Soon I realized my husband's drinking wasn't going to change. He would always say "I don't have a problem with drinking, you have a problem with my drinking." On April 7, 2001, on my husband's birthday, we both took some ecstasy, and I told him I was leaving him unless he could stop drinking before June 1st. Well, he didn't stop drinking, and I moved out of our house with our little girl. I was hoping this would just wake him up and make him try harder to to stop drinking, but unfortunately it didn't. We split time between our little girl so she would not have such a hard time with the separation. I never was the type of mother to keep our child away from her father. He was a good father, just a bad drunk.

After I filed for divorced, I was introduced to a meth cook, then dated a meth head, so to say the least, I smoke a lot of meth when my daughter was away. I never did any drugs in front of my daughter or while she was with me. I always felt empty without her. I started smoking a lot more pot and taking a lot more pills. My addiction was growing as my soul was withering. After I realized the meth cook and meth head were shooting up, I got rid of those connections.

My husband abandoned our house so I moved back in, and met someone I fell in love with for several years. He was supposedly an ex-junkie, ex-crackhead, but we still smoked meth and snorted coke together. At age 26, I left to go get some meth with one of his friends, but we were unsuccessful. We ended up buying crack, something I was totally against, but smoked anyway. This was just the beginning of my crack addiction. I started smoking crack on occasions with my boyfriend, then learned he had been shooting up the whole 5 years we were together. I was always against needles because of the memories I had with my parents and their junkie habits. It is also how my mom died. I said I'd never shoot up. NEVER SAY NEVER!!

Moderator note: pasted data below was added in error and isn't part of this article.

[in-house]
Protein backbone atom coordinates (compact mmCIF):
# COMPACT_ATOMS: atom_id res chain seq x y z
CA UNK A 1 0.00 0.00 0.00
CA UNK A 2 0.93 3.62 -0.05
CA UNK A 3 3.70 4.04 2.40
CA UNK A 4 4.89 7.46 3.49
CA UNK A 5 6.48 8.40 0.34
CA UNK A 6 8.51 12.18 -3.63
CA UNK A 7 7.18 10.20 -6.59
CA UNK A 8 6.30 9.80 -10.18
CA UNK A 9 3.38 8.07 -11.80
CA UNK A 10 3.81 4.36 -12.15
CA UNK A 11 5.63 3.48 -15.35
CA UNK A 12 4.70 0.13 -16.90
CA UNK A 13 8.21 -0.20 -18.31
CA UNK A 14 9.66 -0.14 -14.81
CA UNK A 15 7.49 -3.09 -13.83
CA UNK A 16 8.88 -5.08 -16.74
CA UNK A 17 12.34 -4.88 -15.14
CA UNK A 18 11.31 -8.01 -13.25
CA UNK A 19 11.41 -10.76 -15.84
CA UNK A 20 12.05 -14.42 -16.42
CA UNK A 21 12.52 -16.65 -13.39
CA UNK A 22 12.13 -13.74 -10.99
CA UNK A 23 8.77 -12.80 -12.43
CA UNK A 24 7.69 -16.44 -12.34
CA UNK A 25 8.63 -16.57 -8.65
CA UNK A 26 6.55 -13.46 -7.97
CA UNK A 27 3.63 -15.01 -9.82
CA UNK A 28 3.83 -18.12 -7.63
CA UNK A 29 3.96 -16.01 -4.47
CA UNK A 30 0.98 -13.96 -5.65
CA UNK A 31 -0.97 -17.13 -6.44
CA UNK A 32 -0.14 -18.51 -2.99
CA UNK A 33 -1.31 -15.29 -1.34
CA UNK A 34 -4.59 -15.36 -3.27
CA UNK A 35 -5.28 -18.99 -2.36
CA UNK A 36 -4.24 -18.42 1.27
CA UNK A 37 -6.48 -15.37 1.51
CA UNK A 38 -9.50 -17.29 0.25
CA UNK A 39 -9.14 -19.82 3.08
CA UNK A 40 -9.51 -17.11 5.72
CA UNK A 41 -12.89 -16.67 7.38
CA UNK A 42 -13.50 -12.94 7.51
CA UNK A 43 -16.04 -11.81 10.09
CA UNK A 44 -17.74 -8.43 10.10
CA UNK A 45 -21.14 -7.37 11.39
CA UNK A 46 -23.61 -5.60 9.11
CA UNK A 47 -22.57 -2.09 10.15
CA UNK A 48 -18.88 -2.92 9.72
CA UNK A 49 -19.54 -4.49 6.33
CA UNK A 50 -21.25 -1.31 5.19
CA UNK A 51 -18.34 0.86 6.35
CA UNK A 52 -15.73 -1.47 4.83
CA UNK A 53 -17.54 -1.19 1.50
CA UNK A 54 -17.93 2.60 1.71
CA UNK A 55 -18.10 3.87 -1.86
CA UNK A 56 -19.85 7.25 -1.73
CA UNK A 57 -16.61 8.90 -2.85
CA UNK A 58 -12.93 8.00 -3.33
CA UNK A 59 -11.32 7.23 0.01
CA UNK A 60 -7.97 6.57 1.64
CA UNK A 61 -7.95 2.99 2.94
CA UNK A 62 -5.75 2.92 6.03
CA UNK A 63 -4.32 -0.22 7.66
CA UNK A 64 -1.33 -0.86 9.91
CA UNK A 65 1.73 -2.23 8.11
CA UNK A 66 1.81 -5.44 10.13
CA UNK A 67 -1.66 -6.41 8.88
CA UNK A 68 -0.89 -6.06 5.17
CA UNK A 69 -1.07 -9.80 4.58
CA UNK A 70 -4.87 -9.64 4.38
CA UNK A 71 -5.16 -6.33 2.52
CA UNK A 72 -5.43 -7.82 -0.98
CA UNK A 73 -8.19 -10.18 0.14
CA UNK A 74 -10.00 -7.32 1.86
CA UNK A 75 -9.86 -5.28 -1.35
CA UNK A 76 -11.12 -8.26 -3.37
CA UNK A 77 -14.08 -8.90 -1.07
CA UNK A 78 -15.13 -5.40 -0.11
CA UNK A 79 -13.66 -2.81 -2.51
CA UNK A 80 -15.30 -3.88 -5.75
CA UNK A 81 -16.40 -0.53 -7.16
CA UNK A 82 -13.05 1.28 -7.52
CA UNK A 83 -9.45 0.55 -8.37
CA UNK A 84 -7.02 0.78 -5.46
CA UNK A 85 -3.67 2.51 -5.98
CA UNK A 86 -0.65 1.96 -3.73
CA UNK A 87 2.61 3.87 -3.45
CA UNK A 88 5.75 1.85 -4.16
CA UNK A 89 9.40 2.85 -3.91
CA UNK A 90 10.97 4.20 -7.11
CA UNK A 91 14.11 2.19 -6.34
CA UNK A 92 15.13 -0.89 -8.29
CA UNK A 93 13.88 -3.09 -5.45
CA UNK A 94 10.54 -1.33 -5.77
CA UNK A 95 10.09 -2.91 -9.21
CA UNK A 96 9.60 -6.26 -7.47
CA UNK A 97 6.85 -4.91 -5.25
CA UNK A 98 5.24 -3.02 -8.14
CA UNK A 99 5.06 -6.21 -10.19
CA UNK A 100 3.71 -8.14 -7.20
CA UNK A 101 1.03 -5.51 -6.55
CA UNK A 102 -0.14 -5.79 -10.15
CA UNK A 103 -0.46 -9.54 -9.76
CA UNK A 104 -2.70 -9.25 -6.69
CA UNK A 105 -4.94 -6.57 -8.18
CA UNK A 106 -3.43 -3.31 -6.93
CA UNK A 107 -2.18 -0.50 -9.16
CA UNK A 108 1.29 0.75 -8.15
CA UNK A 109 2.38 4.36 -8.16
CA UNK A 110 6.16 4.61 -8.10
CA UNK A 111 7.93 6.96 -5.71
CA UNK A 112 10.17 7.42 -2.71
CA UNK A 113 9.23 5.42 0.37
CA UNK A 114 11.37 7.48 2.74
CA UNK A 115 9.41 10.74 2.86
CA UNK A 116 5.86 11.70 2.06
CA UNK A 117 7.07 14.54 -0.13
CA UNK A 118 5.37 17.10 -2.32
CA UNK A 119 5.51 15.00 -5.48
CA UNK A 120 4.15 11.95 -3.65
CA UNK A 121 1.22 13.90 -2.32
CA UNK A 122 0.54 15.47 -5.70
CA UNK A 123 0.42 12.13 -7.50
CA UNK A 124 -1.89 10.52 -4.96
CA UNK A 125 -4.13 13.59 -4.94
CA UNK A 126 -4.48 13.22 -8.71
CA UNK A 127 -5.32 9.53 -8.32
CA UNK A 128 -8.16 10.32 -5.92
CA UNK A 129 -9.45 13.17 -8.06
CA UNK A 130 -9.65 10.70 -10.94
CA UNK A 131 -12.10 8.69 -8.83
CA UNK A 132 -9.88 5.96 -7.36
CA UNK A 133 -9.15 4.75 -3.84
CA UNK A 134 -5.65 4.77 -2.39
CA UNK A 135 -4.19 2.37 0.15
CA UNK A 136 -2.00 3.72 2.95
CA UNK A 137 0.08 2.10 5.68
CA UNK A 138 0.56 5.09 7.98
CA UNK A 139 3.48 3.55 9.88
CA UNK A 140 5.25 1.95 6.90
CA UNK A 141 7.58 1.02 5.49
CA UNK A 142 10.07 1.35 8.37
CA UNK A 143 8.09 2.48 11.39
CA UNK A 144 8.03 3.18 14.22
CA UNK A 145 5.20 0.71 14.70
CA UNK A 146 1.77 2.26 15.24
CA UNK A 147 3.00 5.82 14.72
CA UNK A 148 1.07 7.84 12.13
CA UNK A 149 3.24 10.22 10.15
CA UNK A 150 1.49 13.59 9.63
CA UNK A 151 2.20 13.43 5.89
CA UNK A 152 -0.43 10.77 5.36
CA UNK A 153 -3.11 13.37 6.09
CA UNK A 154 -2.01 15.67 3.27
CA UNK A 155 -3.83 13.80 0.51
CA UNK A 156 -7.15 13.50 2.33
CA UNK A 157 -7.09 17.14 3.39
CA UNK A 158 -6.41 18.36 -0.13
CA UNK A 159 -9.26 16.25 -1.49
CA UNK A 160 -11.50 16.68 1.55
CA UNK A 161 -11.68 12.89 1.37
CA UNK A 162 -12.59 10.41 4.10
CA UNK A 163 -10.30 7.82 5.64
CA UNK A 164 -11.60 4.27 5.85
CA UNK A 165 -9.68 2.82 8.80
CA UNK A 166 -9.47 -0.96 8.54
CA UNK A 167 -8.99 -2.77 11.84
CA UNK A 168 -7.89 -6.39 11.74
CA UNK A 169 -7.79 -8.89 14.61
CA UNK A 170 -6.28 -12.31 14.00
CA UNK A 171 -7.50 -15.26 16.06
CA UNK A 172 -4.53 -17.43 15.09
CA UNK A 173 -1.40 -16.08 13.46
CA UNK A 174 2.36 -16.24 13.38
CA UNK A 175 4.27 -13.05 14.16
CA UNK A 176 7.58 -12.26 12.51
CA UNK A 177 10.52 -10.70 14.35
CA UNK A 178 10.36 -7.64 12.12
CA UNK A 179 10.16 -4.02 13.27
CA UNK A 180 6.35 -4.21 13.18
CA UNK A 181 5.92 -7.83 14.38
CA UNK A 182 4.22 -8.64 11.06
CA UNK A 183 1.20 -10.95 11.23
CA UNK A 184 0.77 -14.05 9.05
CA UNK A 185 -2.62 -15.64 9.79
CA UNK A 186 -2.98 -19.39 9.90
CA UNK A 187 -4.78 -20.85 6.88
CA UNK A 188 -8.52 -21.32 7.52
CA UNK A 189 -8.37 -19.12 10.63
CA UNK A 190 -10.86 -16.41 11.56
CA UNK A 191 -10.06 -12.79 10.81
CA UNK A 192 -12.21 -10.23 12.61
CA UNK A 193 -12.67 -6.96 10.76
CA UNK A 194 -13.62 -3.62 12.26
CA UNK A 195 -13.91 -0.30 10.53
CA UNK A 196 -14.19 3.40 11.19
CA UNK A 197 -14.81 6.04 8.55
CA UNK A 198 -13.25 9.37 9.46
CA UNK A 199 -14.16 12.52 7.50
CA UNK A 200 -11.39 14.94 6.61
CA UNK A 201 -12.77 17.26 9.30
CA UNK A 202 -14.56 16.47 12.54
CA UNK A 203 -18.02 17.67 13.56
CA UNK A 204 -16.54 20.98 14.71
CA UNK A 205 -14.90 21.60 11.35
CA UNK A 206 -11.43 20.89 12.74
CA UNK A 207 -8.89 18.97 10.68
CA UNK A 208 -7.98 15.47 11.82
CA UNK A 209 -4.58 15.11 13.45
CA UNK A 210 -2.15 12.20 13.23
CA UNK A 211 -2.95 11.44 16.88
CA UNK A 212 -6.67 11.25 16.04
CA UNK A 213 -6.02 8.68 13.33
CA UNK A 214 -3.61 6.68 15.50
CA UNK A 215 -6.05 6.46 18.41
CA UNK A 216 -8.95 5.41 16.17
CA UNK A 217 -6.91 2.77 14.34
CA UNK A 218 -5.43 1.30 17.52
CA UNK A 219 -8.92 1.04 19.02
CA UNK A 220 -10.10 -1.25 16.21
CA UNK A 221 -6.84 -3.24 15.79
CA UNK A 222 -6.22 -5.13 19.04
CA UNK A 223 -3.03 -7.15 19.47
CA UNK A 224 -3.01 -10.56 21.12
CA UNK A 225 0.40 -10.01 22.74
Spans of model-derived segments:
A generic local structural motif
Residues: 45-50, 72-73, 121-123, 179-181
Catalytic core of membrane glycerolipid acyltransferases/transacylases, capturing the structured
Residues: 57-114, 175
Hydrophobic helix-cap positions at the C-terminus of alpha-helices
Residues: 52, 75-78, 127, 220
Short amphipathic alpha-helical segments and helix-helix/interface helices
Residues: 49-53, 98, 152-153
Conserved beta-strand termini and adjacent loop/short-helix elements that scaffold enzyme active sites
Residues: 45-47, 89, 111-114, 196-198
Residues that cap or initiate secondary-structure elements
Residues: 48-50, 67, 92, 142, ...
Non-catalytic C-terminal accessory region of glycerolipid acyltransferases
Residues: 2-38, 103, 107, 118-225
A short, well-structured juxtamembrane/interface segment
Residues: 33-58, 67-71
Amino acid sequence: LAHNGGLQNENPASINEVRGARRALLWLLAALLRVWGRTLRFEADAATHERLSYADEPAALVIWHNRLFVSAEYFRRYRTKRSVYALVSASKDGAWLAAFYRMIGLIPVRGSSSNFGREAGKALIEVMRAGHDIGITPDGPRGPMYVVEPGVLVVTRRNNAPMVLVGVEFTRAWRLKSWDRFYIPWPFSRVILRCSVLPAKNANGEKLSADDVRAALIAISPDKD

Between the ages of 26 and 30, I had one house burn down, another house foreclose, and I started smoking cigarettes. My boyfriend and I of 5 years had broke up which was devastating.

When I was 30 I went through a severe depression. Depression is something I've battled all my life. My ex-husband decided in a drunken rage to kidnap my daughter from me. I went insane. I took him to court, but the judge ordered him temporary custody because I had recently been to a inpatient psychiatric hospital for my depression. This destroyed me. I went from having joint custody of my daughter, although she lived with me all the time, to only being able to see her every other weekend. I was dead without my daughter. She gave me strength. The only part of my day that I wasn't depressed was when I was taking care of her.

I moved to a new apartment during the court process, but I had already lost my soul. I started smoking crack on a regular basis, then at age 31 while in a crack house someone came to shoot up crack and a tried it, and I didn't stop trying it. It became a problem. Then I started dating a heroin addict and started shooting heroin. I overdosed and almost died and still didn't quit. The one thing I knew I'd never do, I did. I stuck a needle in my arm and "proudly" learned how to do it myself. Someone once asked me "What is your favorite part about shooting up?" You would think the answer would be the buzz or rush, but for me it was the registering (the blood going into the needle). Kind of like self-mutilation. I was a self-mutilator as a teenager so I guess it would only make sense. It's a sickness. This entire story is about a sickness inside me, and the demons that never stop screaming.